Data ProtectionGDPR

The figure of the Data Controller and Data Processor in the GDPR

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Data Controller vs Data Processor

The General Data Protection Regulation (GDPR) has brought about the creation of two new concepts: Data Controller and Data Processor.

These figures already had their fit in the previous data protection regulations when talking about File Manager and Data Processor. However, the GDPR gives them a new name.

What is the difference between the Data Controller and the Data Processor?

When we talk about Data Controller we refer to that natural or legal person, public or private, who decides aspects of the processing of personal data such as the purpose and use of the data or the retention periods; being also the person to whom the data subject who intends to exercise any of his rights in the field of data protection must go.

Therefore, the Data Controller is responsible for the data held by it, such as personal data of employees, prospects/leads, customers or suppliers, among others. It is also an obligation to duly inform such data subjects of the processing operations and their purposes, since one of the principles of the GDPR is that the processing of personal data is fair and transparent, which implies informing at the time of the collection of the data, if possible, of such extremes. As an example, if we sign up for a selection process directly on a company’s website, that company, if you decide to keep our resume to participate in your selection process, will be responsible for our curriculum data.

On the other hand, when we talk about Data Processor we mean that service provider who, contracted by the Data Controller, must access personal data that is the responsibility of the Data Controller. In fact, the simple access or visualization of the data already implies a “treatment” as, for example, in the case of suppliers who provide maintenance or computer support services. Although they do not have to manipulate the personal data for the provision of the service they are considered data processor.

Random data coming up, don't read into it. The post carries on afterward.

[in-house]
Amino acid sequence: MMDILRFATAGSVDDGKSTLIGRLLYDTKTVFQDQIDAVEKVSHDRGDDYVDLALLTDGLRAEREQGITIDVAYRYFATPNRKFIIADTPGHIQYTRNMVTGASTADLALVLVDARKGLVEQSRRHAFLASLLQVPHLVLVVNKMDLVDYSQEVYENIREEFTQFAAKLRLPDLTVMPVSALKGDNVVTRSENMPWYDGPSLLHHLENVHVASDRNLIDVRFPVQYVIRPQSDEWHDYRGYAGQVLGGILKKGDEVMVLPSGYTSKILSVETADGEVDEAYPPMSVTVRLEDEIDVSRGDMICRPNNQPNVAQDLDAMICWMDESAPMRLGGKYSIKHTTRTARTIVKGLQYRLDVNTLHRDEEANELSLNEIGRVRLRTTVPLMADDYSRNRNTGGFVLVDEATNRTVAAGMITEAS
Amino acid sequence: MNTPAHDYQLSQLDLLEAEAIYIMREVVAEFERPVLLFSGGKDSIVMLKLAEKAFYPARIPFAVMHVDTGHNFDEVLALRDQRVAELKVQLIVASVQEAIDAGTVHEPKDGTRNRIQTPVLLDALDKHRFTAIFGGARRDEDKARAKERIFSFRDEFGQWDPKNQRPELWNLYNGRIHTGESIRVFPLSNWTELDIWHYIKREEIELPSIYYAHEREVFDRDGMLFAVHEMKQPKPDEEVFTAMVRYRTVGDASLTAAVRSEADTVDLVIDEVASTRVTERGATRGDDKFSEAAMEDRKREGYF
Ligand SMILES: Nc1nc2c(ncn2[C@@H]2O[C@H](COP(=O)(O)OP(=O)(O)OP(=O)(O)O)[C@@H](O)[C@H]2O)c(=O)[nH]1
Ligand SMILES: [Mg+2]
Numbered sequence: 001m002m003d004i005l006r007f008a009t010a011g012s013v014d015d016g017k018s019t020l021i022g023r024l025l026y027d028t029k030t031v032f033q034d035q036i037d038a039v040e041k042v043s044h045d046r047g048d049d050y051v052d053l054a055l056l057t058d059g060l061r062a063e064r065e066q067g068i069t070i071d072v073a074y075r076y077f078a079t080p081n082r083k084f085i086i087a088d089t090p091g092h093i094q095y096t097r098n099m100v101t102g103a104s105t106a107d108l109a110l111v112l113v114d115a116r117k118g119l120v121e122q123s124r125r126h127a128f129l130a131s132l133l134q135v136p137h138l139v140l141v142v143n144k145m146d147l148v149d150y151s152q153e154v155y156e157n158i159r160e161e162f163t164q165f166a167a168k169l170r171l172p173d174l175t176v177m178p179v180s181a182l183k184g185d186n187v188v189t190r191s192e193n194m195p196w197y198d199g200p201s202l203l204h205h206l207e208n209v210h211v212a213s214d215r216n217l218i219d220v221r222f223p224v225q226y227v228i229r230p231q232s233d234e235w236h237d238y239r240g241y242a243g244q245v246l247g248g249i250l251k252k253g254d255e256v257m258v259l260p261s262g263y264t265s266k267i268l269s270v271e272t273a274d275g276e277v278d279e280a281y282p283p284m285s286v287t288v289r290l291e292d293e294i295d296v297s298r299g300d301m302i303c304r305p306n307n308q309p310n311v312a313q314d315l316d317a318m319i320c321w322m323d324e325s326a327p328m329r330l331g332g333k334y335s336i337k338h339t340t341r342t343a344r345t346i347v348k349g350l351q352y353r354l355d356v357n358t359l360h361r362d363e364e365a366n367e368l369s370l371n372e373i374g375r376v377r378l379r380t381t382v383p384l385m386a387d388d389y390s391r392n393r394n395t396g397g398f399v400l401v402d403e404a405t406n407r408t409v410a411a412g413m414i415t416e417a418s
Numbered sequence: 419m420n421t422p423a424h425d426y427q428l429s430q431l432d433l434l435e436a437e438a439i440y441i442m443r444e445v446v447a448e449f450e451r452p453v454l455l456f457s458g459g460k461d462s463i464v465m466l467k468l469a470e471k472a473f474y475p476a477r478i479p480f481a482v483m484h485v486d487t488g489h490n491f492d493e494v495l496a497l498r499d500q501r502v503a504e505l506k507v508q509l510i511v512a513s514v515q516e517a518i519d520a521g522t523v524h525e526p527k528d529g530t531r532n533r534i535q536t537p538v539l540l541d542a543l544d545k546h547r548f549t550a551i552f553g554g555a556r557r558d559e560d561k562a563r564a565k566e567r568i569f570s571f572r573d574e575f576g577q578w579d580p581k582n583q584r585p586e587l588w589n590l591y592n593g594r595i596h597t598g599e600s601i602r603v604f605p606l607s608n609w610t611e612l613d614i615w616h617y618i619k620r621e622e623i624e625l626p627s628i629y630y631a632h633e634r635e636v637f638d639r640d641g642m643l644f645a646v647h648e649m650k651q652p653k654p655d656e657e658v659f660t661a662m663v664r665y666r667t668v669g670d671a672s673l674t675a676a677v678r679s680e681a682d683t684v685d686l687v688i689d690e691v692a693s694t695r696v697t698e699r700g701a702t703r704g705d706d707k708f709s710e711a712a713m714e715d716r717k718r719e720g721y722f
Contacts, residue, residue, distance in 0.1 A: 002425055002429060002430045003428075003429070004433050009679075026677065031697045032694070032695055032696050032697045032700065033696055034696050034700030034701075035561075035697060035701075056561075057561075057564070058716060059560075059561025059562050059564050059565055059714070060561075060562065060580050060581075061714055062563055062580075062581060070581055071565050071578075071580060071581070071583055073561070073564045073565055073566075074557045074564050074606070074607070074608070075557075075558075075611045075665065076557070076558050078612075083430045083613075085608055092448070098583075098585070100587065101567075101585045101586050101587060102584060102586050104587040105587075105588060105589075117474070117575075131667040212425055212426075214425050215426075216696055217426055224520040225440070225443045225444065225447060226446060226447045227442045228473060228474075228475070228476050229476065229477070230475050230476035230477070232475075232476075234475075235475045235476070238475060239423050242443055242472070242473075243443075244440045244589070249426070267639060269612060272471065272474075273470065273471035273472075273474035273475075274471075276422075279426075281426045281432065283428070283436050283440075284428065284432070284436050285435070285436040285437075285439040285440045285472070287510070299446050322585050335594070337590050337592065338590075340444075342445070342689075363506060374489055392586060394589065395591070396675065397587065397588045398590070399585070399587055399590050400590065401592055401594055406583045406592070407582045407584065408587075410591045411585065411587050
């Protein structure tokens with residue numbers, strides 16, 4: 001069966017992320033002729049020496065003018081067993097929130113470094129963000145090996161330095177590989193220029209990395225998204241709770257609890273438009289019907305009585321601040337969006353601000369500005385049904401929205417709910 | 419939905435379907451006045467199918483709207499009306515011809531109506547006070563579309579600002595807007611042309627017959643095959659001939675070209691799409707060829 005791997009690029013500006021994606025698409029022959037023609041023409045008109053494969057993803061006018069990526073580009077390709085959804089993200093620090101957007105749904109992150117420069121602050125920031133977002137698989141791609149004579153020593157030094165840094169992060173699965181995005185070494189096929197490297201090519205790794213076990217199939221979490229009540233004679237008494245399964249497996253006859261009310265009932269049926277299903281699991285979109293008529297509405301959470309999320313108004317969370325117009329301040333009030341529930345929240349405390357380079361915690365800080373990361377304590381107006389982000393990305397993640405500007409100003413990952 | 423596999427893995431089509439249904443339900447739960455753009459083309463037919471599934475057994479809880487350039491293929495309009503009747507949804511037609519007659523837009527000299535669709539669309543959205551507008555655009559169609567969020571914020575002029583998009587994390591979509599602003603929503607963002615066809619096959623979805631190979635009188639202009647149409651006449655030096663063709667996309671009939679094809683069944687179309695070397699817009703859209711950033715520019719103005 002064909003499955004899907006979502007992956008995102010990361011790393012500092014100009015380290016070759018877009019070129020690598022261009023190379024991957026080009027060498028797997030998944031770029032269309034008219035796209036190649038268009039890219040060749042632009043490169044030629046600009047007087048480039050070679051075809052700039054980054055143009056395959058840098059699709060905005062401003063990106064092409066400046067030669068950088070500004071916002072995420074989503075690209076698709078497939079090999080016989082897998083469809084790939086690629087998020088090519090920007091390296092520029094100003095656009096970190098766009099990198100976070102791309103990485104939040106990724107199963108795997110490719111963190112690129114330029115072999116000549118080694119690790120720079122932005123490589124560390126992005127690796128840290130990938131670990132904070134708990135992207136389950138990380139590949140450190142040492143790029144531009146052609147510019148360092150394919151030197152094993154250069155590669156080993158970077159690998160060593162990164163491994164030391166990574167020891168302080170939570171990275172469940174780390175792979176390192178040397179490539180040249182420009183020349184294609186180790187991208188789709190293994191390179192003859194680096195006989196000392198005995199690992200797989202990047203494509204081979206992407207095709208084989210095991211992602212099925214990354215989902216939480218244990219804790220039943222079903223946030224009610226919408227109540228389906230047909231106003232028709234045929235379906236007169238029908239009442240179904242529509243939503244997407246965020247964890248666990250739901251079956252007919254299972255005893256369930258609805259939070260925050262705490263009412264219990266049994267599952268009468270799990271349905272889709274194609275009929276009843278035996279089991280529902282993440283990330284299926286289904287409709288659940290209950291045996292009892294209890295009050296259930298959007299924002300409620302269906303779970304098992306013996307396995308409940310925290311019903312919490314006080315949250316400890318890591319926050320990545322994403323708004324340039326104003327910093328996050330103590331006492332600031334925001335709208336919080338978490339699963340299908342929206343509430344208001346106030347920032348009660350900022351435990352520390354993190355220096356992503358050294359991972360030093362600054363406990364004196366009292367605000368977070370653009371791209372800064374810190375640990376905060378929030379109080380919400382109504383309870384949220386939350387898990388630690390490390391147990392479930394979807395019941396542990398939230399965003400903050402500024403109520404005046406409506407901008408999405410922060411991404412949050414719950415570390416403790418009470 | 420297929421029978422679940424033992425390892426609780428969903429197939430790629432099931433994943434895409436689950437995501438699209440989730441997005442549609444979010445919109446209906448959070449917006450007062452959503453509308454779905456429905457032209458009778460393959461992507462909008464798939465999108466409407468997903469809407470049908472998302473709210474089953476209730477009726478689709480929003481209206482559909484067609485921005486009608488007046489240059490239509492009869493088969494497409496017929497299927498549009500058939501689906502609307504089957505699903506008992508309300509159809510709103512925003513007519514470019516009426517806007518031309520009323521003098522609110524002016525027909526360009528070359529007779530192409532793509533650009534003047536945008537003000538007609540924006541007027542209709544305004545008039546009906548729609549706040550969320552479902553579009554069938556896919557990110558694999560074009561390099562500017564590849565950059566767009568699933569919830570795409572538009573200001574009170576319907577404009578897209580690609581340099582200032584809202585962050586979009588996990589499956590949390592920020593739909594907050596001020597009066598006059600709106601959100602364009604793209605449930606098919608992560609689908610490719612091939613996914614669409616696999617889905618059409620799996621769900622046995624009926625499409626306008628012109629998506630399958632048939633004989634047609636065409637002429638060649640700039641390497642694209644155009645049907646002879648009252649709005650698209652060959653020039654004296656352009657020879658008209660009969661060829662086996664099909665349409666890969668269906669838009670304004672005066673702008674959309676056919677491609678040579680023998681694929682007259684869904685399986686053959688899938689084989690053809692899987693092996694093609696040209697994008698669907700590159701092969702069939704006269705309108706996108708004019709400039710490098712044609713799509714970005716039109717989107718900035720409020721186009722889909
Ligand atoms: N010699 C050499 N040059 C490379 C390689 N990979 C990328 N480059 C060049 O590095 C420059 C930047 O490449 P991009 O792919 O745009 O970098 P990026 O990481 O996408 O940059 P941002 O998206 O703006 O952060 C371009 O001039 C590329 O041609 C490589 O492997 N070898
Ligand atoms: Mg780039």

In this sense, the most clarifying example of Data Processor is that of the labor management company for the preparation of payroll, as well as for the processing of highs or losses in social security of data controller employees. The management must process the personal data of the employees for the provision of the service.

How, how is the relationship between the Data Controller and the Data Processor regulated? This relationship must be established through a contract or a similar legal act linking them. At a minimum, the following points must be established in the contract:

  • The object
  • The duration
  • The nature and purpose of the treatment
  • The type of personal data and categories of data subjects
  • The obligations and rights of the parties

It is important to emphasize that the Data Processor may in no case use personal data for purposes other than those entrusted in the Data Processing Agreement.

The agreement should also establish the outsourcing regime. The GDPRrequires prior written authorization from the Data Controller so that the Data Processor can rely on another Data Processor (Sub-Processor) to provide the service, when this entails the processing of personal data by that Sub-Processor. The authorization for subcontracting can be specific (identification of the specific entity to be provided by the service) or general (only authorizing subcontracting, but without specifying the entity). In the event that the authorisation is of a general nature, the Data Processor shall inform the Data Controller of the incorporation of a Sub-Processor or its replacement by other Sub-Processors, thus giving the Data Controller the opportunity to oppose such changes, and a time limit must be set for such opposition.

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